Wednesday, April 22, 2020

a wreath of trefoiled shiny leaves—just like ivy

© Mary Snyder Behrens 2002
Above  Mary Snyder Behrens, American Canvas No 006.  Mixed media, assemblage (©2002).  5.5 x 4 in. Private collection.


Rockwell Kent, It's Me O Lord: The Autobiography of Rockwell Kent. New York: Dodd, Mead and Company, 1955, p. 21-22 [recalling his early childhood]—

…above all, and forever dear to my thoughts, there was Rosa, our young nurse from Austria. It was Rosa who dressed me in the morning and put me to bed at night. It was Rosa who taught me to say my prayers, and to believe in them…

It was always in German, of course, that with Rosa I prayed, and German—long before I spoke English—that I spoke. And it was Rosa who read us Struwwelpeter aloud, teaching us how wicked it was to kill birds and hunt hards, how sinful it was to make fun of little black boys, how disastrous it was to not watch your step and to tilt back in your chair at table, and how fatal it was to play with matches or not eat your supper every night. It was Rosa who walked with us in the fields and woods, who made us daisy chains and garlands of flowers, and who, sitting with us under the great oak tree—a veritable "charter oak"—wove me a wreath of trefoiled leaves, green shiny leaves just tinged with russet red, wove me the wreath and put it round my brow. Such pretty shiny leaves, like ivy! Ivy indeed it was: poison ivy. It was the doctor who prescribed the milky lotion, sugar of lead, for a swollen and disfigured child. And it was that child who got hold of it and drank it, and who almost died. It was Rosa who, more than any other, fills my memory of those years.

Tuesday, April 14, 2020

small like the wren, chestnut hair, eyes of sherry

Trammel: White Wish © Mary Snyder Behrens (2005)
Above  Mary Snyder Behrens, one of a series of small (palm-sized) mixed media artworks called Trammels (2005). This is Trammel Box (White Wish), made of cloth, thread, and twine in which a box-like metal form is encased.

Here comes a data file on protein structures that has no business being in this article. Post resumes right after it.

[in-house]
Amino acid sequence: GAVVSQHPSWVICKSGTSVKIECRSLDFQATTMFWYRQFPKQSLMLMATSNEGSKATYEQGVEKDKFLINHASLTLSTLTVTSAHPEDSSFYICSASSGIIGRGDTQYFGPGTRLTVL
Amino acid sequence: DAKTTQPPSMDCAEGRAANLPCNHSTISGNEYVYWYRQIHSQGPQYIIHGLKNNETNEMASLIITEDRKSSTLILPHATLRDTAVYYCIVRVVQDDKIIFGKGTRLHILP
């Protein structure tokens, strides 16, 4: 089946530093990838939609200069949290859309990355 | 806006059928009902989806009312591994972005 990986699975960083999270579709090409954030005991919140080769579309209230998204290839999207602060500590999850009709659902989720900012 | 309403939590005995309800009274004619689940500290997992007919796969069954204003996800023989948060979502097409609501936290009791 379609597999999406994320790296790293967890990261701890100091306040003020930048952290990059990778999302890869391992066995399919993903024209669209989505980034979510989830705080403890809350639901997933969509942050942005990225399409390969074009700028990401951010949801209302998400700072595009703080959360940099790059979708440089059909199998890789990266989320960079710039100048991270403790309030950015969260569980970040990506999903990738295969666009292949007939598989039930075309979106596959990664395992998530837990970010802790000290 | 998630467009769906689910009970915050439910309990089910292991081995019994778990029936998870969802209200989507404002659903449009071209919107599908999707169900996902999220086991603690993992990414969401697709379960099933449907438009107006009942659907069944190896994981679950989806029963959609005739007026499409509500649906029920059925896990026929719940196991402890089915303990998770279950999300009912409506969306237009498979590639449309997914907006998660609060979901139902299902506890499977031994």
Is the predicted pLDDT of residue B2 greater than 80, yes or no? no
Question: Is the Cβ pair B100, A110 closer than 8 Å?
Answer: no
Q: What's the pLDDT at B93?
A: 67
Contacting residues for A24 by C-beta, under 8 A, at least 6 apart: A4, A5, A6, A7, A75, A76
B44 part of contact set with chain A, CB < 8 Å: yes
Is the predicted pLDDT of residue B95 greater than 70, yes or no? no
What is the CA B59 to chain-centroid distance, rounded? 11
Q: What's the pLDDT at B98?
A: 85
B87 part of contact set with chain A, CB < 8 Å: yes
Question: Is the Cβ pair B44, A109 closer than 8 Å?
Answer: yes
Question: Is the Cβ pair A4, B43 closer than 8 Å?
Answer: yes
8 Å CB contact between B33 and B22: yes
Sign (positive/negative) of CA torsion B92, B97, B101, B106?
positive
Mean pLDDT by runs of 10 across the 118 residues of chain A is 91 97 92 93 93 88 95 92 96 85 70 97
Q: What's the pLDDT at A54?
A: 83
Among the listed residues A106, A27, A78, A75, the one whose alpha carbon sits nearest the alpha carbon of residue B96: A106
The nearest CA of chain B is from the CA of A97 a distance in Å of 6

Emily Dickinson (describing herself in a letter to Thomas Wentworth Higginson)—

I had no portrait, now, but am small, like the Wren, and my Hair is bold, like the chestnut Bur, and my eyes, like the Sherry in the Glass, that the guest leaves.


Charles Darwin

I remember a funny dinner at my brother's, where, amongst a few others, were [Charles] Babbage and [Charles] Lyell, both of whom liked to talk. [Thomas] Carlyle, however, silenced everyone by haranguing during the whole dinner on the advantages of silence. After dinner, Babbage, in his grimmest manner, thanked Carlyle for his very interesting lecture on silence.

Thursday, April 9, 2020

Ice cream, drinks and the half and half Iowa man

Above An advertising postcard featuring a tavern owner from Bonair IA named John Pecinovsky (1899-1942). After opening his tavern in the late 1930s, he attracted wide attention, was sought after by tourists, and was featured in Ripley's Believe It or Not, when he began to wear an outfit that was dark-colored on one half (bearded) and light on the other (clean-shaven). He was buried dressed the same way in nearby Cresco IA. See our earlier, related post.

Bonair has all but vanished now, but there is an American writer (she teaches writing in France) named Janet Hulstrand, whose relatives were from Bonair, who is in process of writing a memoir about her Midwestern origins called A Long Way from Iowa. See her post from 2014 titled A Little Town Called Bonair. I believe it was in Cresco (or was it Decorah?) that my father (who grew up near Ossian IA) saw Buffalo Bill and his Wild West extravaganza, c1912.

Friday, April 3, 2020

Kenneth Gogel | Recalling a wonderful teacher

Above Kenneth Gogel, The Nervous System. Collage (1973). Permanent Collection of Art, University of Northern Iowa. Among his most memorable artworks is Gogel's portrayal of “the [very] nervous system” of US President Richard Nixon at the height of the Watergate scandal. Gift of Roy R. and Mary Snyder Behrens.